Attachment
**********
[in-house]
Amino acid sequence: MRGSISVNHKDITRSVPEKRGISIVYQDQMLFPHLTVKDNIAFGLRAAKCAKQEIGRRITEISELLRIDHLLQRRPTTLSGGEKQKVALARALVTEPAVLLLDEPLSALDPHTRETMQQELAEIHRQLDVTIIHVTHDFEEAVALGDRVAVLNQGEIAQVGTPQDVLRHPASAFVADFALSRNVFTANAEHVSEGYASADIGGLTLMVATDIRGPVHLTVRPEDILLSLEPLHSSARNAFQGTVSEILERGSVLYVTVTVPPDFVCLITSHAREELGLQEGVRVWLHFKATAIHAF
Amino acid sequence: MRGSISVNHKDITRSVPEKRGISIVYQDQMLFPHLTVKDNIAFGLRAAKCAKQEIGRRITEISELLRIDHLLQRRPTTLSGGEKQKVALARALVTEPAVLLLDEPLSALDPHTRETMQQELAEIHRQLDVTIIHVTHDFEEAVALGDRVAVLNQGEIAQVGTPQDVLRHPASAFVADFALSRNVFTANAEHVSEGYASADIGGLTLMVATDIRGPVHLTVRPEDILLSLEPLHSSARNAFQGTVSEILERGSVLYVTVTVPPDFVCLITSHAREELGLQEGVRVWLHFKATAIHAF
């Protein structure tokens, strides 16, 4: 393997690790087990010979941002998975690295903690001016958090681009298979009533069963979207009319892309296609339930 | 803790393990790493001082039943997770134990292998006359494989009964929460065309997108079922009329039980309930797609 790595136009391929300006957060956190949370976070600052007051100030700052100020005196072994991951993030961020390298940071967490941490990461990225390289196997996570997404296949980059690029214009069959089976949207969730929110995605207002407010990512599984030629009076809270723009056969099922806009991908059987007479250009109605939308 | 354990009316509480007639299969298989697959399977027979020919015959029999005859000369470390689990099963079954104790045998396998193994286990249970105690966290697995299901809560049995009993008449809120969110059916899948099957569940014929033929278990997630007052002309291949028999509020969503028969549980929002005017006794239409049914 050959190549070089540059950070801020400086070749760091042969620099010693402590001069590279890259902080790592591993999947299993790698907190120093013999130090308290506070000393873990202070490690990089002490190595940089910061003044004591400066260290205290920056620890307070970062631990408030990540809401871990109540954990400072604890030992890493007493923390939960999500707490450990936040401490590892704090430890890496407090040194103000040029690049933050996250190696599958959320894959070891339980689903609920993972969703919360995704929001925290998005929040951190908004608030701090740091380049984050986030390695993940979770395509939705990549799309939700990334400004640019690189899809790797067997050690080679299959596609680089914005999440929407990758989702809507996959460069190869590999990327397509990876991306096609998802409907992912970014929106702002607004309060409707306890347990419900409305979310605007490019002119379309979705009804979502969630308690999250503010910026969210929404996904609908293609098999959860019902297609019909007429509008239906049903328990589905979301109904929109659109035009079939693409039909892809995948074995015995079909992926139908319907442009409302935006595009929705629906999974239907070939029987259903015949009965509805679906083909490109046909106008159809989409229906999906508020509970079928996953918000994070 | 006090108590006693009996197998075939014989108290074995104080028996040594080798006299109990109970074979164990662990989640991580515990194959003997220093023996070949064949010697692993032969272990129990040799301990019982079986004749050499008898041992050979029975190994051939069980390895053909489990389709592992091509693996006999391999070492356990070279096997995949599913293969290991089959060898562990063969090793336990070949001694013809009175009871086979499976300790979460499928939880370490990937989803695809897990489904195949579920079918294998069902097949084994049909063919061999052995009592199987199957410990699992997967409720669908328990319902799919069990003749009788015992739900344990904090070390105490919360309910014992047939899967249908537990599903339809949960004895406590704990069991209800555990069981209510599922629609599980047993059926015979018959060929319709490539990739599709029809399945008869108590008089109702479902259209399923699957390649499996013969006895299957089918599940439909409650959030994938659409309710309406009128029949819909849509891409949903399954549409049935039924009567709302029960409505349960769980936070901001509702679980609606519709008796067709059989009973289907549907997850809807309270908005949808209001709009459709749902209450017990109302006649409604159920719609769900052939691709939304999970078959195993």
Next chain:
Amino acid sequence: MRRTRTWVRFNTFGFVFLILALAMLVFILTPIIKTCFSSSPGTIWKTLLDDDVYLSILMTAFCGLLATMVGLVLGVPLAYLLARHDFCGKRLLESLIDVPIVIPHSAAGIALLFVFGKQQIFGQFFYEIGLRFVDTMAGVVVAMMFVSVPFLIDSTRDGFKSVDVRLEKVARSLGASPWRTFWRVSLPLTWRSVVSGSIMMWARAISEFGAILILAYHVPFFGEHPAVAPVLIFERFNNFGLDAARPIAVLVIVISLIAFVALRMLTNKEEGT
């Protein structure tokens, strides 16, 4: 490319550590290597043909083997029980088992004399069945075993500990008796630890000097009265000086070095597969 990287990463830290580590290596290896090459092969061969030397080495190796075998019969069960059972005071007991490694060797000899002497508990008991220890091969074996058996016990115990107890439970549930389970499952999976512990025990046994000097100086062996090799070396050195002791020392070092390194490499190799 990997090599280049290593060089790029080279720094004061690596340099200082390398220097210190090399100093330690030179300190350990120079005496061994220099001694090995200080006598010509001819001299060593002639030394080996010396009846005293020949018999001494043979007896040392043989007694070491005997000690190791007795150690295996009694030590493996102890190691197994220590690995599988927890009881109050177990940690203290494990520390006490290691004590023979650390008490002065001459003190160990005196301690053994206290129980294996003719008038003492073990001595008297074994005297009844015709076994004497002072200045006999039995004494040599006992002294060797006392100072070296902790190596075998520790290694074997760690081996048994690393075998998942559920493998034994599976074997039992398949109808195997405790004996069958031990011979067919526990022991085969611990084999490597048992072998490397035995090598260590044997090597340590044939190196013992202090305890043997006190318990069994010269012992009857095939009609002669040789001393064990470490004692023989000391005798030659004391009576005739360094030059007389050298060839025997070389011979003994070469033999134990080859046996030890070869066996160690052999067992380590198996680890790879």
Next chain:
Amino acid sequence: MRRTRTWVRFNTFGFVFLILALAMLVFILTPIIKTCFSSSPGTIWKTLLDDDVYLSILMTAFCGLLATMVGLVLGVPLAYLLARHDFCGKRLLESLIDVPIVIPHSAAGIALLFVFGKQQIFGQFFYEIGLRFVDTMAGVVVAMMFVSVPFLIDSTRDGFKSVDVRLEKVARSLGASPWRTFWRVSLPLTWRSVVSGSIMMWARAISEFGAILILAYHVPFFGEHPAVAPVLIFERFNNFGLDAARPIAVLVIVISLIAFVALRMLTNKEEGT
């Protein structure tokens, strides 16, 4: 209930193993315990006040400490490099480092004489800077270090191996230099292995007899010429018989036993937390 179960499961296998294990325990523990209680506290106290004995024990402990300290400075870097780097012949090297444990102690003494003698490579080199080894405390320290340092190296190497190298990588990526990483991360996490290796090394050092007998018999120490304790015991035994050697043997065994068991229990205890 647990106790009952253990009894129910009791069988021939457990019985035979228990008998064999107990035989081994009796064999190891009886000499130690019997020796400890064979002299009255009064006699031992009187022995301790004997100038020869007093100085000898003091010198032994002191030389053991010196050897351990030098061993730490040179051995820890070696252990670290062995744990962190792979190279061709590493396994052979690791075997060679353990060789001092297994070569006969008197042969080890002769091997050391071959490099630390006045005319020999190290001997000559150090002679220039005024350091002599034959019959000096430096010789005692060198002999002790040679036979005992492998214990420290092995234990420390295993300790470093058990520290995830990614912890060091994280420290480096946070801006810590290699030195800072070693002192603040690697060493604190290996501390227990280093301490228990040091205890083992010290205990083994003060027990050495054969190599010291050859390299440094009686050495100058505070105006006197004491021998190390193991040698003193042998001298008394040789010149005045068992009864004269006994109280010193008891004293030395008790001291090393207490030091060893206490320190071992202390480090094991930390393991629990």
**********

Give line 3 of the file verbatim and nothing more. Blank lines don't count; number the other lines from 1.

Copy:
Amino acid sequence: MRGSISVNHKDITRSVPEKRGISIVYQDQMLFPHLTVKDNIAFGLRAAKCAKQEIGRRITEISELLRIDHLLQRRPTTLSGGEKQKVALARALVTEPAVLLLDEPLSALDPHTRETMQQELAEIHRQLDVTIIHVTHDFEEAVALGDRVAVLNQGEIAQVGTPQDVLRHPASAFVADFALSRNVFTANAEHVSEGYASADIGGLTLMVATDIRGPVHLTVRPEDILLSLEPLHSSARNAFQGTVSEILERGSVLYVTVTVPPDFVCLITSHAREELGLQEGVRVWLHFKATAIHAF